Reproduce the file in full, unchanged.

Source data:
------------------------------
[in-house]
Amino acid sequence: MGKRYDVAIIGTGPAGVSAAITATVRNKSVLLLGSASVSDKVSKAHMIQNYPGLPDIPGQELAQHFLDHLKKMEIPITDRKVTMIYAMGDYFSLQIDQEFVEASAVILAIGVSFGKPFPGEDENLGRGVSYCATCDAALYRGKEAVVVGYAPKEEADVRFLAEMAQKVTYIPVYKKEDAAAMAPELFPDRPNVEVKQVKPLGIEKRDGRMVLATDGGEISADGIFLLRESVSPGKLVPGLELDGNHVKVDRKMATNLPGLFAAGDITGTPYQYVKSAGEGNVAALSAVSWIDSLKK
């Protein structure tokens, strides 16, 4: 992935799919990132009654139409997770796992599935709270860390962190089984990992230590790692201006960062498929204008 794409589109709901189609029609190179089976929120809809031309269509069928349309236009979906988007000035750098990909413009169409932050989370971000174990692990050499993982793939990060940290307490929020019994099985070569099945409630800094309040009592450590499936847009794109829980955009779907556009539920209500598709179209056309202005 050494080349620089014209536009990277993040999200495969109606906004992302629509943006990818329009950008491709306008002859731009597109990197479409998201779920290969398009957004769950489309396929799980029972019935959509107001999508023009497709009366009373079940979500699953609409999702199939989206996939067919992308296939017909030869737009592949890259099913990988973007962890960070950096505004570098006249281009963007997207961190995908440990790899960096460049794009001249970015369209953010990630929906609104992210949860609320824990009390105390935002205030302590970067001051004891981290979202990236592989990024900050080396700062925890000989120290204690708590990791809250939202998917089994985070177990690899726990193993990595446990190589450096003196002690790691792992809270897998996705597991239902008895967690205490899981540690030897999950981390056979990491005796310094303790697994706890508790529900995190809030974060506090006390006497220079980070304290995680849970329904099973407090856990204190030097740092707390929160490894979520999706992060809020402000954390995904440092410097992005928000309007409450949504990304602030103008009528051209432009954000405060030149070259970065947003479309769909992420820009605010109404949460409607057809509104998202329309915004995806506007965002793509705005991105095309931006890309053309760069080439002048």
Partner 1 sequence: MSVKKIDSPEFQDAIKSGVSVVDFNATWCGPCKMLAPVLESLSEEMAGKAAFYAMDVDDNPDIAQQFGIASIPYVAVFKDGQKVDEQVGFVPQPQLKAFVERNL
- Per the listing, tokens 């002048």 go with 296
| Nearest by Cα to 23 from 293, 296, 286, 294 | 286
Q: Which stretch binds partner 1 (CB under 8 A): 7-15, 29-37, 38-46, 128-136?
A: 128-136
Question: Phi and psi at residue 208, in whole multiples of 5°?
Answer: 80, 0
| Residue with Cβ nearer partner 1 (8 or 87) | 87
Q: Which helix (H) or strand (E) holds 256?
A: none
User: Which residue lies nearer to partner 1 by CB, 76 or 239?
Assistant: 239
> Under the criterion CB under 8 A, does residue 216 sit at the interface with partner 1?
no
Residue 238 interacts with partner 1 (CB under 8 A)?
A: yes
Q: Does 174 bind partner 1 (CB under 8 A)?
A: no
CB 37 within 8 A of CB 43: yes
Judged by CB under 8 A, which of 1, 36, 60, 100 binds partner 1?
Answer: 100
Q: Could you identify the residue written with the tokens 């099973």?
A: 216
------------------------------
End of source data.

[in-house]
Amino acid sequence: MGKRYDVAIIGTGPAGVSAAITATVRNKSVLLLGSASVSDKVSKAHMIQNYPGLPDIPGQELAQHFLDHLKKMEIPITDRKVTMIYAMGDYFSLQIDQEFVEASAVILAIGVSFGKPFPGEDENLGRGVSYCATCDAALYRGKEAVVVGYAPKEEADVRFLAEMAQKVTYIPVYKKEDAAAMAPELFPDRPNVEVKQVKPLGIEKRDGRMVLATDGGEISADGIFLLRESVSPGKLVPGLELDGNHVKVDRKMATNLPGLFAAGDITGTPYQYVKSAGEGNVAALSAVSWIDSLKK
């Protein structure tokens, strides 16, 4: 992935799919990132009654139409997770796992599935709270860390962190089984990992230590790692201006960062498929204008 794409589109709901189609029609190179089976929120809809031309269509069928349309236009979906988007000035750098990909413009169409932050989370971000174990692990050499993982793939990060940290307490929020019994099985070569099945409630800094309040009592450590499936847009794109829980955009779907556009539920209500598709179209056309202005 050494080349620089014209536009990277993040999200495969109606906004992302629509943006990818329009950008491709306008002859731009597109990197479409998201779920290969398009957004769950489309396929799980029972019935959509107001999508023009497709009366009373079940979500699953609409999702199939989206996939067919992308296939017909030869737009592949890259099913990988973007962890960070950096505004570098006249281009963007997207961190995908440990790899960096460049794009001249970015369209953010990630929906609104992210949860609320824990009390105390935002205030302590970067001051004891981290979202990236592989990024900050080396700062925890000989120290204690708590990791809250939202998917089994985070177990690899726990193993990595446990190589450096003196002690790691792992809270897998996705597991239902008895967690205490899981540690030897999950981390056979990491005796310094303790697994706890508790529900995190809030974060506090006390006497220079980070304290995680849970329904099973407090856990204190030097740092707390929160490894979520999706992060809020402000954390995904440092410097992005928000309007409450949504990304602030103008009528051209432009954000405060030149070259970065947003479309769909992420820009605010109404949460409607057809509104998202329309915004995806506007965002793509705005991105095309931006890309053309760069080439002048």
Partner 1 sequence: MSVKKIDSPEFQDAIKSGVSVVDFNATWCGPCKMLAPVLESLSEEMAGKAAFYAMDVDDNPDIAQQFGIASIPYVAVFKDGQKVDEQVGFVPQPQLKAFVERNL
- Per the listing, tokens 């002048």 go with 296
| Nearest by Cα to 23 from 293, 296, 286, 294 | 286
Q: Which stretch binds partner 1 (CB under 8 A): 7-15, 29-37, 38-46, 128-136?
A: 128-136
Question: Phi and psi at residue 208, in whole multiples of 5°?
Answer: 80, 0
| Residue with Cβ nearer partner 1 (8 or 87) | 87
Q: Which helix (H) or strand (E) holds 256?
A: none
User: Which residue lies nearer to partner 1 by CB, 76 or 239?
Assistant: 239
> Under the criterion CB under 8 A, does residue 216 sit at the interface with partner 1?
no
Residue 238 interacts with partner 1 (CB under 8 A)?
A: yes
Q: Does 174 bind partner 1 (CB under 8 A)?
A: no
CB 37 within 8 A of CB 43: yes
Judged by CB under 8 A, which of 1, 36, 60, 100 binds partner 1?
Answer: 100
Q: Could you identify the residue written with the tokens 């099973």?
A: 216